Also in the cast are Kiray Celis, Dimples Romana, Dominic Ochua, Kakai Bautista and a lot more. The MTRCB rated B film opens on Hearts’ Day (Valentine’s), February 14 in cinemas nationwide.
Regal Films is known for its tear-jerking productions back in the 80s; and it is great to hear that for the opening salvo of the said film outfit—it chose to have ‘Mama’s Girl’ written by the famed Ms. Gina Marissa Tagasa with Connie S.A. Macatuno as director and top-billed by Sylvia Sanchez and Sofia Andres as the mother-and-daughter in the film.
It is refreshing to see how the story was weaved by seasoned screenwriter and attempted to tackle on the relationship between a single mom named Mina (Sanchez) with her millennial daughter Abby (Andres).
A Very Timely Film.
It is quite a challenge for Mina, as a mother and as a single parent to raise Abby through the restaurant business she has invested with her passion and commitment over the years; but still she was able to send her daughter to school and eventually let her finish college.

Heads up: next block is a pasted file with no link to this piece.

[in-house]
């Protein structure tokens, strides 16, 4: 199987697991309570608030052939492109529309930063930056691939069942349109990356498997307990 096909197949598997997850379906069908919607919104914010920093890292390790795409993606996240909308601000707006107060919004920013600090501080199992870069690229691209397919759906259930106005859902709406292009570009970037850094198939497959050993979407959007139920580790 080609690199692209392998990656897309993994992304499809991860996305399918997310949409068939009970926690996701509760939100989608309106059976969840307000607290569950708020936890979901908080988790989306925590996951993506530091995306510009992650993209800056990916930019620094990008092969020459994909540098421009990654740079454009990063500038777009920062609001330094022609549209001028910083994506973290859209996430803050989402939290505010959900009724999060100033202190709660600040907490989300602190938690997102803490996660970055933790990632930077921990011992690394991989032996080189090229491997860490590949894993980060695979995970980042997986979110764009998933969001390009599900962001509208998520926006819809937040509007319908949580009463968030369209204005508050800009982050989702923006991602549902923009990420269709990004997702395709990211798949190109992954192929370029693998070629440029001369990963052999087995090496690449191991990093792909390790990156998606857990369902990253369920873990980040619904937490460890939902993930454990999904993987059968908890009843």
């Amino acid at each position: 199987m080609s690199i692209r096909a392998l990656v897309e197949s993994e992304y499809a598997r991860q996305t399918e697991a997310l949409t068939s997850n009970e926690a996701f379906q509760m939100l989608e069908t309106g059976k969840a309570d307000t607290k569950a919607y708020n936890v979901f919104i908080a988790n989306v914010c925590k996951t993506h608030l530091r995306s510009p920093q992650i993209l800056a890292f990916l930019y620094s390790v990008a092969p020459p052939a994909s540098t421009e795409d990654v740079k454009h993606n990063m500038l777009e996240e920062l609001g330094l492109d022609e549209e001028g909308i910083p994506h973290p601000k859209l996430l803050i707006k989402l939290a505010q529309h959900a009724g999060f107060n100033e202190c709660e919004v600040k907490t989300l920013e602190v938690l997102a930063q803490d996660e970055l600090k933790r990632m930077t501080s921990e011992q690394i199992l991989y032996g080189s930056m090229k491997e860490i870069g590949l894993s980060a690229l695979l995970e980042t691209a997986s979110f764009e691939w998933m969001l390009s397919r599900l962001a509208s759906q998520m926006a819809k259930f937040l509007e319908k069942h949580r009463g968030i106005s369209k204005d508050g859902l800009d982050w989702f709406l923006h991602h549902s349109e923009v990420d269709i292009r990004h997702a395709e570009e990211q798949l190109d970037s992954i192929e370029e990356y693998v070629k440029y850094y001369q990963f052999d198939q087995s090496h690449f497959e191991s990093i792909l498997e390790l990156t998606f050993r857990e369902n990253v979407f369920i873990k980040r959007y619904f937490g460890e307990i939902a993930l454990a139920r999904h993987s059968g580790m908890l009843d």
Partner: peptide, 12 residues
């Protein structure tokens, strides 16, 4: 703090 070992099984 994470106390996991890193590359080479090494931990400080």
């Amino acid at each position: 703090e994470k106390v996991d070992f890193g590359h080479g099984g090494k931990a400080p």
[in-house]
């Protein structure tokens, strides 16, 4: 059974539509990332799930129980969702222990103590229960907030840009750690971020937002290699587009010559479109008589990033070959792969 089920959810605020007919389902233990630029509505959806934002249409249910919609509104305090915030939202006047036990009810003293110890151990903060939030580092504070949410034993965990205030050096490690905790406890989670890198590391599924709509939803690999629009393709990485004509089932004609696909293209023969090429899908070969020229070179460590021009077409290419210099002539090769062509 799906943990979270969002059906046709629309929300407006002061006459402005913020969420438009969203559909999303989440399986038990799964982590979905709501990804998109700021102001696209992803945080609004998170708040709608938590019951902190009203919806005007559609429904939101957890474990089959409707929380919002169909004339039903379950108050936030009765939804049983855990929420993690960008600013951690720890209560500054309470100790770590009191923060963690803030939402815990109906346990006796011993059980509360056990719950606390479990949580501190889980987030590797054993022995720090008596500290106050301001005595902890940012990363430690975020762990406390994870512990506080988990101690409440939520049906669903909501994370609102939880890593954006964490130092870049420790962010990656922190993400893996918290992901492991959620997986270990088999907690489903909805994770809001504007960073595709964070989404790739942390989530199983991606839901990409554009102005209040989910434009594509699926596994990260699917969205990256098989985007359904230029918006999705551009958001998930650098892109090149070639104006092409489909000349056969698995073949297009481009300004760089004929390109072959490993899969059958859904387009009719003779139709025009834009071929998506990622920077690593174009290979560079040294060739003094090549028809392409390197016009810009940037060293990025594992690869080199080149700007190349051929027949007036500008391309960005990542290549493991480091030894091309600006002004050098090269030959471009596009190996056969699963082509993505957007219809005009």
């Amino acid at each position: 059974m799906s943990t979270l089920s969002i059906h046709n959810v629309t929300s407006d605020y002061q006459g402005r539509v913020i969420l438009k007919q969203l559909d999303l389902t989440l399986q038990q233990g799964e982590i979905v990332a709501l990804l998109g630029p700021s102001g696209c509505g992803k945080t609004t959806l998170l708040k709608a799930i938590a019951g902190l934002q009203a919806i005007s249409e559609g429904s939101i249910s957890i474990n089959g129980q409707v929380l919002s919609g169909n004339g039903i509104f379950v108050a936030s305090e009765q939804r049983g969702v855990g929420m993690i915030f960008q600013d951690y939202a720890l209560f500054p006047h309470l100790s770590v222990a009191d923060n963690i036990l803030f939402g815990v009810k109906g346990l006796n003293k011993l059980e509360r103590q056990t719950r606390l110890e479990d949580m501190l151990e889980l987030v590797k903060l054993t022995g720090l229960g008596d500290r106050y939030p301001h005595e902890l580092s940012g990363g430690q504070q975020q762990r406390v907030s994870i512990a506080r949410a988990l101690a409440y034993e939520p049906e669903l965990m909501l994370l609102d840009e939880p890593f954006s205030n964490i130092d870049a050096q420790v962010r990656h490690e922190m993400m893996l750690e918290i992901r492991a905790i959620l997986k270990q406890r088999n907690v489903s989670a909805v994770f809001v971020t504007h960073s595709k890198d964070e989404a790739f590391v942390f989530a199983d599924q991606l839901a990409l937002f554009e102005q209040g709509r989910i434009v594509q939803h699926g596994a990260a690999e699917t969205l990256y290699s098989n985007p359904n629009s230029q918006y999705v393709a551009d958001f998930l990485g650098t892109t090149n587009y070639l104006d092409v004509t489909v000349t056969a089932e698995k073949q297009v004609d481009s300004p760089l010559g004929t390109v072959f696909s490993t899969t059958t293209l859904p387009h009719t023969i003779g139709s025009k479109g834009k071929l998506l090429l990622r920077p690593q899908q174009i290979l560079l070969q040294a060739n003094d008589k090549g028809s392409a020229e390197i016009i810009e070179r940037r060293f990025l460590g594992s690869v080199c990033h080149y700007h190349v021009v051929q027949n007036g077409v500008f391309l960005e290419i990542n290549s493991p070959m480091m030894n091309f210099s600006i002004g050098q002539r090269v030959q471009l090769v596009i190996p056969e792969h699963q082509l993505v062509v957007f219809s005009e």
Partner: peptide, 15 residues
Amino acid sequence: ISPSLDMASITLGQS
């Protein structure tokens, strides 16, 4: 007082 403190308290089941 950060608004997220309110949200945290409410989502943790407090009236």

Amid the many distractions that the young people are facing these days; it is obvious that some of them are struggling to be responsible individuals; which is true to Abby’s character. Maybe because of the convenience that the technology has provided this present generation—it is hard for them to cope when one of the convenient stuff are taken away from them.
Abby, as a sheltered young adult, had a difficulty in getting a life especially when she was compelled after her mom’s demise. As if the young lady lost her arms and legs when her mom left her unprepared.
The film is a timely take on how to raise or deal millennials.
A New Device in Storytelling.
It is also both intriguing and engaging for the audience to try to uncover the character of Mina. Is she a ghost in the film?